Self-evaluation of adolescents’ QOL was compared with their parents’ opinions about QOL. Parents’ perception of adolescents’ suffering owing to epilepsy was significantly correlated to the adolescents’ attitudes toward epilepsy. This agrees with Haneef et al. [31] but not with others [32],[33],[34].

This study also concentrated on the parental reaction towards that their child has epilepsy, they may feel stigmatizing towards that. It is going to be affected for years by a disease loaded with ‘stigma’. Moreover, the cost of disease (e.g. the need for relatively expensive long-term AEDs and possibly symptomatic therapy for potential adverse effects, the need for special diet, and frequent specialist visits) increases economic burden on the family. This increases parental anxiety and eventually leads to deterioration of family’s QOL.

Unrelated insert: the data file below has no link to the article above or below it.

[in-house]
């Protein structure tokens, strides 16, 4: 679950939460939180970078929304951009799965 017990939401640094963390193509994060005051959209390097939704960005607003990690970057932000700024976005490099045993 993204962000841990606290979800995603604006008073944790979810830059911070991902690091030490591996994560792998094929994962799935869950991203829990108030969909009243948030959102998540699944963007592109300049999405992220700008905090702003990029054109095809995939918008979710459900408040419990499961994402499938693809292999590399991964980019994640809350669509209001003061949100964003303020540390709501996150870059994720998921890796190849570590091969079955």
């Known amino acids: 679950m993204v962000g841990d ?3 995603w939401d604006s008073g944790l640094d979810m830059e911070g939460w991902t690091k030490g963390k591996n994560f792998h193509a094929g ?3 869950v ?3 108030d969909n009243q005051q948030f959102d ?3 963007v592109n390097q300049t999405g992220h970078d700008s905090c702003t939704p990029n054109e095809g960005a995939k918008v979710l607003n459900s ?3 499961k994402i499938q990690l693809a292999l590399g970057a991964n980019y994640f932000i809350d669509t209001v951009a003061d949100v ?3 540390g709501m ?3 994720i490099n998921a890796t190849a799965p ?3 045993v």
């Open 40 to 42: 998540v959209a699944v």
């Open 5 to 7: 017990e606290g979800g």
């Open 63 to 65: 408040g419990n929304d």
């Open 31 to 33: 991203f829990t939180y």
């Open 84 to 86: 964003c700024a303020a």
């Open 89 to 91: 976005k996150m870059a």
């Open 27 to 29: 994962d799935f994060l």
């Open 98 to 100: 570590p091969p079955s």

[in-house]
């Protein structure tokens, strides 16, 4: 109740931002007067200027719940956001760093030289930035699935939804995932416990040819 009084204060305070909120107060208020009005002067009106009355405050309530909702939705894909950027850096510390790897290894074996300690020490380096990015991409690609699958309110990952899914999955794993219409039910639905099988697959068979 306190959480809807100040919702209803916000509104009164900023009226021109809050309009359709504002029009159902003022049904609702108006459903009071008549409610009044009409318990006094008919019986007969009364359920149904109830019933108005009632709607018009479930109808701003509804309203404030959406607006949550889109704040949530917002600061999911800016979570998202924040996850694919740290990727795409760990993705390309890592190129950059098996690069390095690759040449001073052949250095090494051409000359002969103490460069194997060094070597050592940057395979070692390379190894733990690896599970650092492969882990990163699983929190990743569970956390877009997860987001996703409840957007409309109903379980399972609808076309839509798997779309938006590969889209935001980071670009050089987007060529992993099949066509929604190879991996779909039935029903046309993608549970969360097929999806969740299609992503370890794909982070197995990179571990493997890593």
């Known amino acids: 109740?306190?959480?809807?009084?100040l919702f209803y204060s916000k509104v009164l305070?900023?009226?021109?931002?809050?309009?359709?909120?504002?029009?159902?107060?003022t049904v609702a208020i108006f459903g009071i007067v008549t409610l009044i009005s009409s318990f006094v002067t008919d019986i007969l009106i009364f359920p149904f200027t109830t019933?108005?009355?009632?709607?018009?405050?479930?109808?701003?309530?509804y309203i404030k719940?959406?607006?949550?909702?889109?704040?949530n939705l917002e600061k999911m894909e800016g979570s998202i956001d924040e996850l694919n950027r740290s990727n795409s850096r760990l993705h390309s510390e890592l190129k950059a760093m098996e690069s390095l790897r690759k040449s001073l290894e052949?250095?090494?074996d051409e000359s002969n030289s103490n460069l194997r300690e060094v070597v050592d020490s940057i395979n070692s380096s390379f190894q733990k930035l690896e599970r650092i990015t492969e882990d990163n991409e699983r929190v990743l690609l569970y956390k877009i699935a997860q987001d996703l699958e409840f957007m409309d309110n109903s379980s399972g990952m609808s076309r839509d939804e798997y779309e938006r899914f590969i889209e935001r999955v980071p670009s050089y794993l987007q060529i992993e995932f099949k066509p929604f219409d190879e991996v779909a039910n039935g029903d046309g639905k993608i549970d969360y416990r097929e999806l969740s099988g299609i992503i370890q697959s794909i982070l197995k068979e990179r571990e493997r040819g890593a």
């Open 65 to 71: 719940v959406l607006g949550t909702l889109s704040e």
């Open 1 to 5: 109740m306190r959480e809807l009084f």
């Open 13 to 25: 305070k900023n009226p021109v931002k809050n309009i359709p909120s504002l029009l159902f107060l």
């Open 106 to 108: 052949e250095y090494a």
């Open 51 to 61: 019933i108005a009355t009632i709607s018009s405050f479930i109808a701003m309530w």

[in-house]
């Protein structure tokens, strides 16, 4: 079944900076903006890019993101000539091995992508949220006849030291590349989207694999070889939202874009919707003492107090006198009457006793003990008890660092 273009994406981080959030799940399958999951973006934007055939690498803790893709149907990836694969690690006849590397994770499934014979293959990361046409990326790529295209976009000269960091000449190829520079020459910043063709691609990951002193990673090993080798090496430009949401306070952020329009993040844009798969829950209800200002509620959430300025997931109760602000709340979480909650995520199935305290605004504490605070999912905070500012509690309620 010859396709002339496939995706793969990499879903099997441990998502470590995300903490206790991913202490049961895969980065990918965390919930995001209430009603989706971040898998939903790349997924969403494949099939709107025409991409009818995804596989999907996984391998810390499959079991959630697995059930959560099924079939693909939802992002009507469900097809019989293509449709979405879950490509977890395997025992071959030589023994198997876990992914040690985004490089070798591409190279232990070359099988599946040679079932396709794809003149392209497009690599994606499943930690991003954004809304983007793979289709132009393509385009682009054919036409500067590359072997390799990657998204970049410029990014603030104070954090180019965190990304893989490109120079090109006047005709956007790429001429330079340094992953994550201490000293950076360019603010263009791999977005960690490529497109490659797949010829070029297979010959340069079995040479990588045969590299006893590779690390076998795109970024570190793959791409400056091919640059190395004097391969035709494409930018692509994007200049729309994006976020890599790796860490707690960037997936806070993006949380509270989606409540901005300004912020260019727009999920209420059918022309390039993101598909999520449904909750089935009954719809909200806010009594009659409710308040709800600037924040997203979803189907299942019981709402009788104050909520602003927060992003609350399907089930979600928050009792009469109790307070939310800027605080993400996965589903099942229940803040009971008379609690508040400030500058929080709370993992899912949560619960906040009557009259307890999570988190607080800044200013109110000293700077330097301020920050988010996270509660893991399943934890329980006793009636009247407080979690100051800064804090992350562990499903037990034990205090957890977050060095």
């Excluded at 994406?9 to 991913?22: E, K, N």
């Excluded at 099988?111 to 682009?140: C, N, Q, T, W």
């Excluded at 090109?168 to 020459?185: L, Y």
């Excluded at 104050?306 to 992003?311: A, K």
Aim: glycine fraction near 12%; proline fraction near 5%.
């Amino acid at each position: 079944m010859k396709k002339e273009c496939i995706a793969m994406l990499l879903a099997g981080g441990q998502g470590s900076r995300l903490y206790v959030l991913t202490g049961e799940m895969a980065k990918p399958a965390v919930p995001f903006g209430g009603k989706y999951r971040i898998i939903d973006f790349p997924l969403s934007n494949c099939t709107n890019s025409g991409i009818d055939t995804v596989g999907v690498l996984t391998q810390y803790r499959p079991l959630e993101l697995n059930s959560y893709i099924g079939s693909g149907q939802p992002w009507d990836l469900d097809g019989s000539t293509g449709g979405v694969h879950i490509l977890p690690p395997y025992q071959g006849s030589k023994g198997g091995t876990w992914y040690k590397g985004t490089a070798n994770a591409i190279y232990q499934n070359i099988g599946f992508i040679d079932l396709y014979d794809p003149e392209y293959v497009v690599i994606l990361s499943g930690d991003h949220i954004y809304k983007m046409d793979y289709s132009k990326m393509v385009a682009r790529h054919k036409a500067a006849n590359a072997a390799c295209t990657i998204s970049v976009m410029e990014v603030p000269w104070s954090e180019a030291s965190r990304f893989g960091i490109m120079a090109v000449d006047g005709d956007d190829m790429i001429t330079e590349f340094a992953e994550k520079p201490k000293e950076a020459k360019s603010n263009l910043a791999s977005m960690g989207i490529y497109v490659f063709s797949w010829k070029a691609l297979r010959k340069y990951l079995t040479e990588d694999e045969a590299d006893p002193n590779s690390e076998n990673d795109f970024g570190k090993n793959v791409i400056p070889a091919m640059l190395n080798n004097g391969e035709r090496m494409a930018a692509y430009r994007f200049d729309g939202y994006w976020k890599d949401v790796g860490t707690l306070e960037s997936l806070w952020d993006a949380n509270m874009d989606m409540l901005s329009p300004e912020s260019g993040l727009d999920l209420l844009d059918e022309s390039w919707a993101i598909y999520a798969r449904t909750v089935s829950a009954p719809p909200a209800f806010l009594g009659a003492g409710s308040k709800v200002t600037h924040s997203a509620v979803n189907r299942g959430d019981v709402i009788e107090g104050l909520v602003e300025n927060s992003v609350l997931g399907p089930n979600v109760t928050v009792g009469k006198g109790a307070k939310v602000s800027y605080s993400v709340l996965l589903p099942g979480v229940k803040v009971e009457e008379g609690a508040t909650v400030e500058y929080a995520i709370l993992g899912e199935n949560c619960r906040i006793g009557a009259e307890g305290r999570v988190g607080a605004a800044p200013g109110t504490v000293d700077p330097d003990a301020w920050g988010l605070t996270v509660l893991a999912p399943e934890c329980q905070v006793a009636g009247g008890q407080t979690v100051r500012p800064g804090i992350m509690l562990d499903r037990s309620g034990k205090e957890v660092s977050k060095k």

The present study appraised the association between the occurrence of the adverse effects of AEDs and the QOL among AWE. Presence of adverse effects of AEDs is associated with lower QOL scores.

The present data go hand in hand with other studies [32],[33],[34],[35],[36],[37] that demonstrated that AED-related adverse effects substantially influence the overall functioning and well-being in children and adolescents and significantly disturb the general aspects of the HRQOL in the physical, cognitive, and psychosocial domains. Patients of this study have reported certain physical effects of AEDs that were experienced independently of seizures, for example, fatigue, increased need for sleep, headache, dizziness, imbalance, and weight gain. Similar physical symptoms were reported in previous studies [29],[38],[39].